Believe it or not, my time in Jinan is running down. I’ve decided to use my next few posts to write about three places that have been integral to my encounter with the city. I’ll focus on the people who inhabit and traverse them and the intersection between these slices of urban space, Jinan as a whole, global issues, and my ostensibly obscure (sike) dissertation research.
At some time in the past I might have said that we live across the street from the tomb of Min Ziqian, a disciple of Confucius and a model of filial piety who lived in the 6th century B.C. Min Ziqian is the hero of a Cinderella-like story, with a couple major differences: he was a son mistreated by his stepmother, instead of escaping his hard life through magic he won over his stepmother by his forbearance (motivated by a sense of duty to his father), and he never met a fairy godmother, only Confucius (not a bad consolation prize). Now, however, this run-down memorial and collection of steles is a sideshow to the impressive 1,900,000 square foot Baihua (Hundred Flowers) Park which it abuts.
I have walked through Baihua Park not a few times. It is the path I take to both the Provincial Library and the bus stop for my trips to the Provincial Archives (both of which I wrote about some time ago.) I should give credit to one of my elderly neighbors who pointed out to me that cutting through the park would be faster than walking around it. It may make only a few minutes’ difference, but it is a far more pleasant route. I enjoy the park’s flora and fauna but also my human companions, whom I can observe – unlike on the bustling morning streets – without having to worry about being run down by some combination of cars, bicycles, mopeds, and even segways.
My favorite fixture of the park in the morning is a pack of middle-aged, power-walking women. I often wish I knew more about the social dynamics of the group. It is obvious who the leader is: her vigorous elbow-swinging marks her out, as does her monopoly of the handheld CD player whose techno beats provide the sound track for their exercise and my curiosity.
Like me, however, these women are not here to stay. There are many people like us, for whom the park is the most convenient path from A to B. There are many others, however, for whom Baihua Park is itself a destination to be enjoyed at length. Fittingly – given the park’s proximity to a paragon of filial piety – many of these are retired people. They entertain themselves in all manner of ways throughout the premises. Some are engaged in individual exploits, like water calligraphy or learning an instrument. Others come as groups, singing in a chorus or practicing taiqi.
Whether China has had/has/will have a true “civil society” is a question that has vexed China-observers of all stripes. A morning stroll through the park goes some way toward obviating this question. People are out in a public space enriching their lives as individuals and groups. Western perceptions of China as restrictive and diseased begin to dissolve in this space that feels carefree and healthy.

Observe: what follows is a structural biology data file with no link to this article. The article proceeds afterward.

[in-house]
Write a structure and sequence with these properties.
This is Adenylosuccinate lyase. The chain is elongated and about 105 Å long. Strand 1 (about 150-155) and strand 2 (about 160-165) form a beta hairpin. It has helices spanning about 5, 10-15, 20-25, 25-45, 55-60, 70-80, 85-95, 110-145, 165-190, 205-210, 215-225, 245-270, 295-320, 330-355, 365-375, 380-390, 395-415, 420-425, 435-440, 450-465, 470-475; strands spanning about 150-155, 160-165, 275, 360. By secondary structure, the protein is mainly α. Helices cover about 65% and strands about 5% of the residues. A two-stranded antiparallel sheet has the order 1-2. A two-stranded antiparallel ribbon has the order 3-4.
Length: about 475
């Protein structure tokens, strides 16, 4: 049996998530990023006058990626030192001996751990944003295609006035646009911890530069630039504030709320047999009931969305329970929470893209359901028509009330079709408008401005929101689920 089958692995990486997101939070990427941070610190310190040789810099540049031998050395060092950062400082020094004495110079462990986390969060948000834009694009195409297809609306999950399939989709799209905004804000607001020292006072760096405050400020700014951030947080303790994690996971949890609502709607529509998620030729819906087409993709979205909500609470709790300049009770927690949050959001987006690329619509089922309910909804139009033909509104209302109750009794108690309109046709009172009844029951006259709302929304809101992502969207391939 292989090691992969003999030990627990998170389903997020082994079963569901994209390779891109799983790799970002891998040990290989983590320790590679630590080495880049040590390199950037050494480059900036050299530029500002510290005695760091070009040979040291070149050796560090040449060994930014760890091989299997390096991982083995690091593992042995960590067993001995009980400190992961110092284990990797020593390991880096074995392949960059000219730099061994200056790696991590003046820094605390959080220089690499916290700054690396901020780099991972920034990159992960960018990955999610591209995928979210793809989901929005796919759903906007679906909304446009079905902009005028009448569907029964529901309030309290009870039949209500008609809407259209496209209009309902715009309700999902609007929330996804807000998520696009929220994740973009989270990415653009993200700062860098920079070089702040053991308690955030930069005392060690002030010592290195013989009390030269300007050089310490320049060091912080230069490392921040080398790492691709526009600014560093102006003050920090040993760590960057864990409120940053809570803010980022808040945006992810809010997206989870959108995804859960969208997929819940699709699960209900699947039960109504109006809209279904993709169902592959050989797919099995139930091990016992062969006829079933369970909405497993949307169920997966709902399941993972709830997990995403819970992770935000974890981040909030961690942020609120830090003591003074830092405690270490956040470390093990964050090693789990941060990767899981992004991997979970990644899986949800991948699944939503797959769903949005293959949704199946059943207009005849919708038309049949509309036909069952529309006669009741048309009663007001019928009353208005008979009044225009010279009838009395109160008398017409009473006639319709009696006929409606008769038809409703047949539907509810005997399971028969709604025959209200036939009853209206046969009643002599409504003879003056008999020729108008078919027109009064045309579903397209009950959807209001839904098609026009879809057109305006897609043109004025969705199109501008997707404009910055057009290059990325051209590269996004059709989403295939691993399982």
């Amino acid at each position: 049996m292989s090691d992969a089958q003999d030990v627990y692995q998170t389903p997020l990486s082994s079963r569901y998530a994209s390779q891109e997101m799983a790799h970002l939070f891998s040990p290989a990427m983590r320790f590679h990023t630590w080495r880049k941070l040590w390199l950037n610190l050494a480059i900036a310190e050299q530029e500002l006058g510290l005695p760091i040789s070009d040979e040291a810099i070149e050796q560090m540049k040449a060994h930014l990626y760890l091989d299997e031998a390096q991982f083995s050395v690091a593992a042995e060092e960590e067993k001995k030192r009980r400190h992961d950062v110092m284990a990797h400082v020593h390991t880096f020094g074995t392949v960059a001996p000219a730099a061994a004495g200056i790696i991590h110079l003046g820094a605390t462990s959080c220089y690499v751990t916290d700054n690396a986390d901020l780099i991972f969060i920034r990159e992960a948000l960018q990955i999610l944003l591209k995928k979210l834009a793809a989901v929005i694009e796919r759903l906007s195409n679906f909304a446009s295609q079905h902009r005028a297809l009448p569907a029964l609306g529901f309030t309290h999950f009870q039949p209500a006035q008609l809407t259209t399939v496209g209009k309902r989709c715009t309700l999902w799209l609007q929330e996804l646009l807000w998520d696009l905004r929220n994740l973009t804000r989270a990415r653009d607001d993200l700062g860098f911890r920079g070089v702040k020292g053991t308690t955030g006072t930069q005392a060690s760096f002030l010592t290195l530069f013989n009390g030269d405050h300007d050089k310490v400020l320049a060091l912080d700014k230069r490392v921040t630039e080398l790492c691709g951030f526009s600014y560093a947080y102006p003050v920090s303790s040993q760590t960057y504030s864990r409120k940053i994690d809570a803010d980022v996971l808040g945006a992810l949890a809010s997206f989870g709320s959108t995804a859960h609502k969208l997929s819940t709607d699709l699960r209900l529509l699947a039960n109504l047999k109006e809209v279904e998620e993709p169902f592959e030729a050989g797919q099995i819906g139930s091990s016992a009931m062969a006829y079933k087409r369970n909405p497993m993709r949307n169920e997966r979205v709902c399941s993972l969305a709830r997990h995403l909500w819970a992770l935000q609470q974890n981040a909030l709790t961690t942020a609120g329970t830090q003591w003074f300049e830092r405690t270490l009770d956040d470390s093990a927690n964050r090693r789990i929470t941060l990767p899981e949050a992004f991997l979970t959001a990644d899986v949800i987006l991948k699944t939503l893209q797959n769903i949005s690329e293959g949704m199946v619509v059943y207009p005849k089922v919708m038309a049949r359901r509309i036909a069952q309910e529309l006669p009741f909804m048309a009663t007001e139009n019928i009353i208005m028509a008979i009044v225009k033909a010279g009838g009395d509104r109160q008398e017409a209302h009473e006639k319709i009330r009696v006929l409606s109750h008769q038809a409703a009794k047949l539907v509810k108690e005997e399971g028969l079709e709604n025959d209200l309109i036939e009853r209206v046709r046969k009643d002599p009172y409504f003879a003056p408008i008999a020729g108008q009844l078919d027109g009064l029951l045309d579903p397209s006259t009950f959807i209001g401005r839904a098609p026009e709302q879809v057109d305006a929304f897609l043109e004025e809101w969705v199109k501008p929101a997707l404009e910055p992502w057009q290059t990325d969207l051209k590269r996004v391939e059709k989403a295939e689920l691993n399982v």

One gets a similar feeling watching the other major group of park patrons: young children. These two groups often come hand-in-hand (literally), with grandparents keeping an eye on their young charges, presumably while the parents are off at work. For the children there are rocks and play structures to clamber over, stray cats to feed, and plenty of fresh air to breathe…some days at least.
On clear, blue-sky days the park bustles with activity. As the pollution levels inch higher, though, the crowds thin out. China’s pollution problems are well-known. Jinan is susceptible to dangerously high levels because of its topography. Pollution can only affect our daily lives so much, though – the show must go on. But not at outdoor leisure sites like Baihua Park. Here, people can vote with their feet, and their physical presence or absence is a daily referendum on the state of the environment.
I do not know how much the caretakers who gather around the jungle gyms discuss atmospheric conditions. I am quite sure, however, that the toddlers who roam the park have given hardly a thought to the responsibilities they will bear as the children of a gilded generation. Now, these children enjoy the benefits of the (recently relaxed) family planning policies of recent decades: not only do their grandparents and parents have more than ever to bequeath to them, but it does not have to be split so many ways. Likewise, though, the duty of caring for these elders.
Baihua Park renders the problems of environmental damage and an aging population tangible. It is a space that educates about the relationship between social activity and the environment and the reciprocal ethical duties binding one generation to the next. These issues are familiar to me as an American, of course, albeit in less dramatic form. This familiarity makes me question whether Baihua Park is, for me, more of a window into the lives of others or a mirror to my own. This uneasiness is natural, I suppose. After all, I’m just passing through.